There was a time when journalists or church leaders in search of a thoughtful critique of up-and-coming religious movements turned instinctively to the Berkeley, California-based Spiritual Counterfeits Project (SCP). When Time magazine ran a story on actress Shirley MacLaine’s New Age spiritual views, it quoted an SCP spokesperson for an evangelical response.
But today the organization is only a pale reflection of what it once was. According to several people close to SCP, part of its demise is attributable to a defamation lawsuit in the early 1980s that cost it $400,000 and sent it into bankruptcy.
In the ensuing years, the group has been hampered by internal conflicts, including differing concepts of what the organization should be. William Kellogg said he was warned before becoming an SCP board member last year that it was at times a “traumatized organization.”
Last fall the turmoil grew especially intense between two camps with differing visions for the group’s future. By the time the dispute had ended, all three of the ministry’s top staff members had departed, as had two board members. No remaining leader has been with the organization officially as long as two years.
The stage was set for last fall’s turmoil early in 1988 when the ministry’s entire board of directors stepped down. In their place came new board members, including Westmont College professor Ronald Enroth, who had served an earlier stint on SCP’s board; and author Tal Brooke, who played a major role in bringing others to the SCP board in the summer of 1988.
Amid disagreement between the staff and the board over how the organization was being run, the staff last summer drafted a proposal outlining its views of what the organization should be.
The proposal from the staff included a call for a less confrontational tone and for a greater emphasis on critiquing religious expression in culture as well as culture’s influence on the church.
Former top SCP editor Robert Burrows said that through the proposal the staff sought to “recapture the original vision” of the group. Spiritual Counterfeits Project, he said, was never merely a “cult-busting organization.”
The new board, however, strongly disapproved. After reading all of SCP’s past works, Kellogg concluded the group’s commentary on culture and trends was “a minor strain” of its message and that the main focus was analysis of cults.
Board members said they feared the staff was trying to move SCP away from its mission of telling the truth about false religions.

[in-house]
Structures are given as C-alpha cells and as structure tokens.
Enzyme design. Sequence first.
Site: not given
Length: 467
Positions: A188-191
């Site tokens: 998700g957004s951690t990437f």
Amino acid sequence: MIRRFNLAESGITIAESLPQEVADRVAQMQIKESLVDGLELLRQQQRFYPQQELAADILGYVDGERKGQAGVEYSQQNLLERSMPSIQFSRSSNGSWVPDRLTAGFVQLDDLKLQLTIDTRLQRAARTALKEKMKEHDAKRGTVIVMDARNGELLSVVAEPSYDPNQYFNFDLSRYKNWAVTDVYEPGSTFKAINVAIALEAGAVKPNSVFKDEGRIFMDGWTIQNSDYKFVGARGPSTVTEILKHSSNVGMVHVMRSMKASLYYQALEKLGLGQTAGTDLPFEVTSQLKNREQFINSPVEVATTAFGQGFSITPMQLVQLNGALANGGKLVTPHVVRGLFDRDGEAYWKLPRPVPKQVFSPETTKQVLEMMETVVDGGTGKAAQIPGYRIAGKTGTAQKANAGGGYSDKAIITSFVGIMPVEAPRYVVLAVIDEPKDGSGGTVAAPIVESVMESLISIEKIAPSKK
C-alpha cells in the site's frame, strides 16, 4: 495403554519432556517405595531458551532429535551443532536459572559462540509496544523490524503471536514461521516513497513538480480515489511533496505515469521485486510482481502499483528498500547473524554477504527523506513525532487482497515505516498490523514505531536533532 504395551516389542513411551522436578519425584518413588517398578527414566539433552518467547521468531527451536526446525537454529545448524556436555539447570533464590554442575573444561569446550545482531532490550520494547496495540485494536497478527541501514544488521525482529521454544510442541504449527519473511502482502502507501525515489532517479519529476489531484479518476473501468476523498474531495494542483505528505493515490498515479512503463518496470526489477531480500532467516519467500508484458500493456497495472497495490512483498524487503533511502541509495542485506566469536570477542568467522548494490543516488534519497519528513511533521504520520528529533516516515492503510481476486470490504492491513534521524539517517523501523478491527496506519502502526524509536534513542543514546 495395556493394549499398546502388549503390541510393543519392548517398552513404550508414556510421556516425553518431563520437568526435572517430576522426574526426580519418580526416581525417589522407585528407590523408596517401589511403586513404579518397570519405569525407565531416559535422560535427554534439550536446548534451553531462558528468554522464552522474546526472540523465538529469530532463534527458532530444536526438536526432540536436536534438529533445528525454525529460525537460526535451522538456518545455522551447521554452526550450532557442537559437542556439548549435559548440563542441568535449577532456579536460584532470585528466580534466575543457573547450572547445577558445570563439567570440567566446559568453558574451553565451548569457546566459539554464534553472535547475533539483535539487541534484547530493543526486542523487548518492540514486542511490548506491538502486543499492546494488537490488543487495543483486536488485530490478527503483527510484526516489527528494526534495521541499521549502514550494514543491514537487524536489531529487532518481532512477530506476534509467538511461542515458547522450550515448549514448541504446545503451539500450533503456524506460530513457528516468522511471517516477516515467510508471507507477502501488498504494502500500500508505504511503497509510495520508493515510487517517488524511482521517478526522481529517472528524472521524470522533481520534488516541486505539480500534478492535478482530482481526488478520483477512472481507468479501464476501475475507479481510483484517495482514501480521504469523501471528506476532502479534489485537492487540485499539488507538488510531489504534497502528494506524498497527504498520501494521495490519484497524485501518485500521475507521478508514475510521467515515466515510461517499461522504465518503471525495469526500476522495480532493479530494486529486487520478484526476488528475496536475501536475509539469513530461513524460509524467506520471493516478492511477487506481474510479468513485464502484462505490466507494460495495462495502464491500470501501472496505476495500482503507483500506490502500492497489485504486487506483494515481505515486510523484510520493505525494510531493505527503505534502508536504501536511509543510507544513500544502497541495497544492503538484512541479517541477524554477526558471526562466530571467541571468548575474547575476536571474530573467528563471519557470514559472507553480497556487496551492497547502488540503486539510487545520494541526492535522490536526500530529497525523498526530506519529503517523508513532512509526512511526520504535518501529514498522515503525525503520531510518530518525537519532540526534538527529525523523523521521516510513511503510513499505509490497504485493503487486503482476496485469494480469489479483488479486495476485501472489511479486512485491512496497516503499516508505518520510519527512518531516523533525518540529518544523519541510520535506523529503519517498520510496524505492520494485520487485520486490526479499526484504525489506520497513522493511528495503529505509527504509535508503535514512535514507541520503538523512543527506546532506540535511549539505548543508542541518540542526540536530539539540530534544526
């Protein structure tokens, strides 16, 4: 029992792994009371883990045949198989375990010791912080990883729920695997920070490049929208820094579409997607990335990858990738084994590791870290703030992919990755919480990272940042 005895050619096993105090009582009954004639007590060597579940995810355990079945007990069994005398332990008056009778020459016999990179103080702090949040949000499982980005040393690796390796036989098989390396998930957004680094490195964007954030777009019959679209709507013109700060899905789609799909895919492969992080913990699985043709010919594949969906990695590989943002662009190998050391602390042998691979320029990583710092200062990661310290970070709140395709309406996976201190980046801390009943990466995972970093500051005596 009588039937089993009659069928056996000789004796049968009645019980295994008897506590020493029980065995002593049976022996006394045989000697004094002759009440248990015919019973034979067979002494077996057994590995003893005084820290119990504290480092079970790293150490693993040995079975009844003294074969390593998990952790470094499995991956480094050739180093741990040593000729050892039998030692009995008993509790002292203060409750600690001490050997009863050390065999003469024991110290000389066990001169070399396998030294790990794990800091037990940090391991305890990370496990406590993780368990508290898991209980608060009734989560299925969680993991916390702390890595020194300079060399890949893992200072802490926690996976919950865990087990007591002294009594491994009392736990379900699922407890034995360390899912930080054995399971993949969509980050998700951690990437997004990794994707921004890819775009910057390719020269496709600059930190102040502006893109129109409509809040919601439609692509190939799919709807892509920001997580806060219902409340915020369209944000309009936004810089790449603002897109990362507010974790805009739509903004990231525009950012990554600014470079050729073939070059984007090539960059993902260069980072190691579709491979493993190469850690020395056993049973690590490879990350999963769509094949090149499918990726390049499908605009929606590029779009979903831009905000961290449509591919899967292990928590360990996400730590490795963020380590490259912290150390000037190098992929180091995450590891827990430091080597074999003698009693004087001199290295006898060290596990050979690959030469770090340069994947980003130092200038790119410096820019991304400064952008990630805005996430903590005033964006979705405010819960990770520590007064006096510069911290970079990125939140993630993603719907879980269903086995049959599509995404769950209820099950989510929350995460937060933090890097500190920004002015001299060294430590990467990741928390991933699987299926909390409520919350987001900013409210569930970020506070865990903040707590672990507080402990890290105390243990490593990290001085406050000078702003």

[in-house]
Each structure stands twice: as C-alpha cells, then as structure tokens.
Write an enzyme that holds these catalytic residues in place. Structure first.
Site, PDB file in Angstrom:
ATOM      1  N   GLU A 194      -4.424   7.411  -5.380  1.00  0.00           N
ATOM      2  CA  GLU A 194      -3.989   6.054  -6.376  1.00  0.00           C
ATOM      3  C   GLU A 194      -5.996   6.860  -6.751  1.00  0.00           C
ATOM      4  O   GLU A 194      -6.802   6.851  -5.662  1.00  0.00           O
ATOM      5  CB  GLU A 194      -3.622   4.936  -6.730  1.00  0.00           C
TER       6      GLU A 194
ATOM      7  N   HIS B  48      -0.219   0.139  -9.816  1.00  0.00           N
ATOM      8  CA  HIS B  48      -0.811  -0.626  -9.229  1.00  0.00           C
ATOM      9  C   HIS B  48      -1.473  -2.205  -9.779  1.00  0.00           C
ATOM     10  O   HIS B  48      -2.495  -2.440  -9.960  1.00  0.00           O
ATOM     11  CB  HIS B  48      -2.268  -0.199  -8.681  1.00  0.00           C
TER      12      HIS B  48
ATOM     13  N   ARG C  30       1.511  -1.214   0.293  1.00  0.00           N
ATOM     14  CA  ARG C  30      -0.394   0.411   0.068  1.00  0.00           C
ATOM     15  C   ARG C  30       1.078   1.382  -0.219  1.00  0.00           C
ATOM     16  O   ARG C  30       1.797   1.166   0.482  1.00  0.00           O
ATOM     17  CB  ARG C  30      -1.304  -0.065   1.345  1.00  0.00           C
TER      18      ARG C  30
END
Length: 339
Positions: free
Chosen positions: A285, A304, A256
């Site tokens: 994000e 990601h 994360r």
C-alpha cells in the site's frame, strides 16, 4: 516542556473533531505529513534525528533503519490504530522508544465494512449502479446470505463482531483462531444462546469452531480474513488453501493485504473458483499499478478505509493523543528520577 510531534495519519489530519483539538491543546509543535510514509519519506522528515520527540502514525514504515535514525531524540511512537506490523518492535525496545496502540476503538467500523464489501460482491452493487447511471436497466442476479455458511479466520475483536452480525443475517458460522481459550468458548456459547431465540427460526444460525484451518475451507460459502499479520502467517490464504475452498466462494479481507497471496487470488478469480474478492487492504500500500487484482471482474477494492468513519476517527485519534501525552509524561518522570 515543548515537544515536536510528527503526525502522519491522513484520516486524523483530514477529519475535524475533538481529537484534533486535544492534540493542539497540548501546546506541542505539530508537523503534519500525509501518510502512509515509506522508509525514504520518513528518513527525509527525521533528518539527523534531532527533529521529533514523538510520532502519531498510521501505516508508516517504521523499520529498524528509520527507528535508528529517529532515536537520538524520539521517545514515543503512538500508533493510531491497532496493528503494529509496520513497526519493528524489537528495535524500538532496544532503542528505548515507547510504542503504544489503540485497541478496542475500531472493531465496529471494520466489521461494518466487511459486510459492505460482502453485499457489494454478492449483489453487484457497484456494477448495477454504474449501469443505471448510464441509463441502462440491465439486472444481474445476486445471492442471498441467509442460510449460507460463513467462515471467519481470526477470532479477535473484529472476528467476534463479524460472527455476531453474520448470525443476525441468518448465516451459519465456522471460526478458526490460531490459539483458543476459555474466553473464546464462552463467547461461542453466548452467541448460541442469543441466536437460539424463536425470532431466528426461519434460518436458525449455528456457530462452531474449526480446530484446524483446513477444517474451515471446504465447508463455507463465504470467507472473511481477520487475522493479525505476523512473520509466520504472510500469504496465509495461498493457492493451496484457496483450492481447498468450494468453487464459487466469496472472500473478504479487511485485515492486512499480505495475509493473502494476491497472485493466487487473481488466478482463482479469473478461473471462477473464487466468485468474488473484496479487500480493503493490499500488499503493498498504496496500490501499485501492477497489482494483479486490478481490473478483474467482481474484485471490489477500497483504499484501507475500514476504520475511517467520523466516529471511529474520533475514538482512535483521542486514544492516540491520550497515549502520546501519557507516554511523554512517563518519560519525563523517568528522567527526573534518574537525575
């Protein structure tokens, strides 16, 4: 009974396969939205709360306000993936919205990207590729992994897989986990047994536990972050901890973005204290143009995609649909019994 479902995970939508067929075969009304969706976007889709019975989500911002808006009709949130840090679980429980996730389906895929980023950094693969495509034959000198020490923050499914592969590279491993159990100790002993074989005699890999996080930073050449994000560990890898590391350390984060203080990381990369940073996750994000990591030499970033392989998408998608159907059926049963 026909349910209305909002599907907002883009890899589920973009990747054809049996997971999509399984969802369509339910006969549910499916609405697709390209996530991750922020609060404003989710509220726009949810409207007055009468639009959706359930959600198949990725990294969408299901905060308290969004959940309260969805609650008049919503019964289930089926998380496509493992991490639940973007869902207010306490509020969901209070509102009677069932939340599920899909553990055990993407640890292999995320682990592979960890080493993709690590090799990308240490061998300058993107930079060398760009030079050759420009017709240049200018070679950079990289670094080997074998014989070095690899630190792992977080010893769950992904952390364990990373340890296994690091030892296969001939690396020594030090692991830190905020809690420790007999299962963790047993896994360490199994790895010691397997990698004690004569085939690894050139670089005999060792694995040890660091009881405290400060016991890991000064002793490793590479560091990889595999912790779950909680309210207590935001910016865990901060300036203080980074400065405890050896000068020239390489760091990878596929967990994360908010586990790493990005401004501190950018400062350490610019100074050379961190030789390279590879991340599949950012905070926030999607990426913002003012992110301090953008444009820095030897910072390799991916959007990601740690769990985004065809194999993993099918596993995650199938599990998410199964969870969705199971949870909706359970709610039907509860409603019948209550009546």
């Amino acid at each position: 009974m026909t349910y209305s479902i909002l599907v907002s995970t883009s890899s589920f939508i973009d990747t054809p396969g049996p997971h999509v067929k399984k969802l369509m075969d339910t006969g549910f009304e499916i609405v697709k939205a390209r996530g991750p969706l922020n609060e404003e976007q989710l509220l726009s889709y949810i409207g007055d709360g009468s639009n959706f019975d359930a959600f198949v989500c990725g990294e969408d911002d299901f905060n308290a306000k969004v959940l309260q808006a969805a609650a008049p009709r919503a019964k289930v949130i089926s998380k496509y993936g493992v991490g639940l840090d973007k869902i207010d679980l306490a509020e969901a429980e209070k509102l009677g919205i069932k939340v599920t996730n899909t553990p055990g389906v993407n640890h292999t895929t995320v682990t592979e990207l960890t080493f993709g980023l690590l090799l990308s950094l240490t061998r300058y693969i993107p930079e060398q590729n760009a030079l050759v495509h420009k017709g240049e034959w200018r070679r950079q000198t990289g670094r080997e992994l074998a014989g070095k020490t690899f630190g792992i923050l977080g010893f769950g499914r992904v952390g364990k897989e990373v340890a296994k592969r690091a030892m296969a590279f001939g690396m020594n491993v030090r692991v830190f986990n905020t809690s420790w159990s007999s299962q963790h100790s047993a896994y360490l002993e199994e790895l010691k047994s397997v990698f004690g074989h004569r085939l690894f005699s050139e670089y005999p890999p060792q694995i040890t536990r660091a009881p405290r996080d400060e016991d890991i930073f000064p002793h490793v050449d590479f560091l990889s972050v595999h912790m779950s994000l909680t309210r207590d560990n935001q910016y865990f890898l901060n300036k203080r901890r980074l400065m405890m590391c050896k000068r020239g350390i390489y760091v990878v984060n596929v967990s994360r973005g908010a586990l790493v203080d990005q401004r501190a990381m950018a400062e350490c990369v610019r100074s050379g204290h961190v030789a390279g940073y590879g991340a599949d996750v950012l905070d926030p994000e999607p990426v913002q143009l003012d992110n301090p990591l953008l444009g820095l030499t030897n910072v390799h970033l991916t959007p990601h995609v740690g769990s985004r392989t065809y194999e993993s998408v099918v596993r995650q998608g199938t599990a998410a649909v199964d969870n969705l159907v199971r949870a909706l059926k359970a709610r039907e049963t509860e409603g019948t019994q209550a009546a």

After the staff left last fall, through dismissal or by mutual agreement, Enroth and another board member stepped down. In late November, Enroth warned friends by letter of an “unsettling” ideological shift on the board. He cited an October 9, 1989, interview of Brooke in the New American, a periodical of the John Birch Society.
In the interview, Brooke outlined his conspiracy view of history and how the New Age movement will hasten the day of a world ruled by the Antichrist. Brooke recalled learning “how the Rothschild banks took over Europe,” as well as news of such secret societies as the Illuminati—a 200-year-old group allegedly conspiring toward a one-world government. By contrast, in 1984 SCP published an article rejecting such views on global conspiracy.
SCP cofounder David Fetcho, who was forced out last fall, predicted the ministry will now take a “radical swing to the Right” that will be reflected in its tone and its “orientation toward analysis.” Both Fetcho and Enroth predicted Brooke will become leader of the ministry. (Brooke declined comment on this prospect.) Said Enroth of Brooke: “It will be impossible for him to extricate his personal views from some of these things.”
Brooke and Kellogg are working together to run the operation until it can afford to hire a director. Both strongly disputed the idea of injecting ideology into the organization. “The conspiracy theory is not going to be brought into SCP Journal,” said Brooke in response to questions about the New American interview. “I’m willing to take a lump for that, but that doesn’t represent SCP at all.”
Kellogg, a Baptist pastor who writes a devotional for a publication of Christian Reconstructionist R. J. Rushdoony’s Chalcedon Foundation, said he will push to allow two writers to present the pros and cons of any controversial topic touching on culture or the church. “I’m not interested in being an ideologue,” he said. “I’m interested in getting the gospel out to people who are being enslaved by these cults.”
Other board members urged the Christian community to withold judgment of the new SCP at least until the first publications come out from the new leadership.
By Robert Digitale.
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